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A special lady and her little free library

I didn’t know Debbie Russell well. Not as well as I’d have liked. We generally assume there will be more days.

I visited the Butte Creek Mill once in a while for peppercorns and Scottish oatmeal. She always asked how I was doing. Her kind smile welcomed me on a gray, or otherwise, afternoon. Seeing her behind the counter, in the company of antique coffee grinders, oatmeal boxes with colorful old graphics, and inhaling aromas from pickling spices, tea and gingerbread; her friendly greeting was like the hug you needed without having to ask.

When one of my stories ended up in a Chicken Soup book, Debbie displayed them on her counter for locals and tourists to buy. I offered to share the profit, but she wouldn’t hear of it, going so far as to put a sign next to them that read, “Local Author.” She had a knack for making folks feel special and appreciated. Even when the mill was swarming with customers, like during the holidays, she treated each individual with grace and patience. Debbie helped us ease off on the throttle and enjoy the moment, too. We miss her.

Debbie and husband, Bob, (Mayor Bob here in Eagle Point) have provided a fabulous neighborhood gathering place. Their presence here, as mill owners, has reached far beyond that of commerce, though the tourism draw is tremendously appreciated. It’s been apparent they’ve loved their community and worked to unite neighbors and friends with fun gatherings — sharing their homespun ambiance with us all. Helping us to feel like family.

Recently, at their historic Butte Creek Mill, I attended the unveiling of a special memorial tribute to Debbie Russell — a specially constructed Little Free Library, the project of Myron Hauser and others, and inspired by his granddaughter, Emily. It is the perfect idea. The tiny house on a post is sturdy and beautiful, with Debbie’s name etched on the small, glass door and a gleaming copper roof to keep out the elements.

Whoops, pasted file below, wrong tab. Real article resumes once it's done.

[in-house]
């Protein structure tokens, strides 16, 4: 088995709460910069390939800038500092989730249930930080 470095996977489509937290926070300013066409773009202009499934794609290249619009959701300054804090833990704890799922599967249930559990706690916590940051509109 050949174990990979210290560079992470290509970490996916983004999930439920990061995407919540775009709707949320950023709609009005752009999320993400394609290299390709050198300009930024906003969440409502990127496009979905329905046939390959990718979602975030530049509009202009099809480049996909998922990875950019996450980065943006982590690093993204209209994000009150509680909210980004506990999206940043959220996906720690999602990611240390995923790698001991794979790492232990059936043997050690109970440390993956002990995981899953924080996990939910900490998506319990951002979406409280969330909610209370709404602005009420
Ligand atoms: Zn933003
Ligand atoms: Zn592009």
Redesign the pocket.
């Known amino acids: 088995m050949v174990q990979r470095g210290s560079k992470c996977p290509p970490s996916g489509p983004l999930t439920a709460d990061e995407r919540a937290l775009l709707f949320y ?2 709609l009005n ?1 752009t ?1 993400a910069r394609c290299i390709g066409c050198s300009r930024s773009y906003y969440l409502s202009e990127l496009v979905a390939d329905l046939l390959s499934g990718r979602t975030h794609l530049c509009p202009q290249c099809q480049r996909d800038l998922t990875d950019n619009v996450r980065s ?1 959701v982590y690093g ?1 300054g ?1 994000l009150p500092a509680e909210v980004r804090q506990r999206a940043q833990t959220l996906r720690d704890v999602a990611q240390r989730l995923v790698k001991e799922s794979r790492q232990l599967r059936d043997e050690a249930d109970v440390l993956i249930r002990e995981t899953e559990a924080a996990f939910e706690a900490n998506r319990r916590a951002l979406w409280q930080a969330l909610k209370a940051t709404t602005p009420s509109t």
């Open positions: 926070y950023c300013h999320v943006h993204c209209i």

For those who aren’t familiar with neighborhood book exchanges, these are usually small, wooden libraries erected on a post near a person’s home or in a community area. Often replicating vintage houses or old schoolhouses, the design can be most anything as long as a few books can remain snug and dry inside. The concept is to stock them with books and allow for a free exchange among community members. Take a book, leave a book, or both, is the idea. One source reported they’d been around for about 20 years.

Of course, whenever anyone has a great idea, enterprising minds come along to incorporate. I’m not knocking the Little Free Libraries organization in the least. They’re a nonprofit for furthering this creative way to encourage literacy and help communities — to bring us together, sort of like swapping stories around the water cooler, but instead, swapping book titles around the neighborhood mini-library.

You can build one for your street and register it with LFL for a fee. They’ll send you a metal plaque and you can register your location on a worldwide map on their website. There are more than 30,000 of these mini libraries around the world.

I found five in Medford, three in Central Point, and one in Ashland. Of course, that doesn’t mean there aren’t others. I’m sure there are maverick libraries out there, free-range breeds. These are just the registered ones.

Now, as an inauguration of a wonderful idea in our corner, we have our first one in Eagle Point. It couldn’t be situated in a more appropriate place or for anyone more appreciated by the community. Visit Debbie’s Little Free Library located beside the Butte Creek Mill. Take a book, leave a book, and say hello to Bob and their daughter, Kristin, who happens to be blessed with a double whammy of her parents’ sweet dispositions.

Peggy Dover is a freelance writer in Eagle Point. Reach her at pcdover@hotmail.com.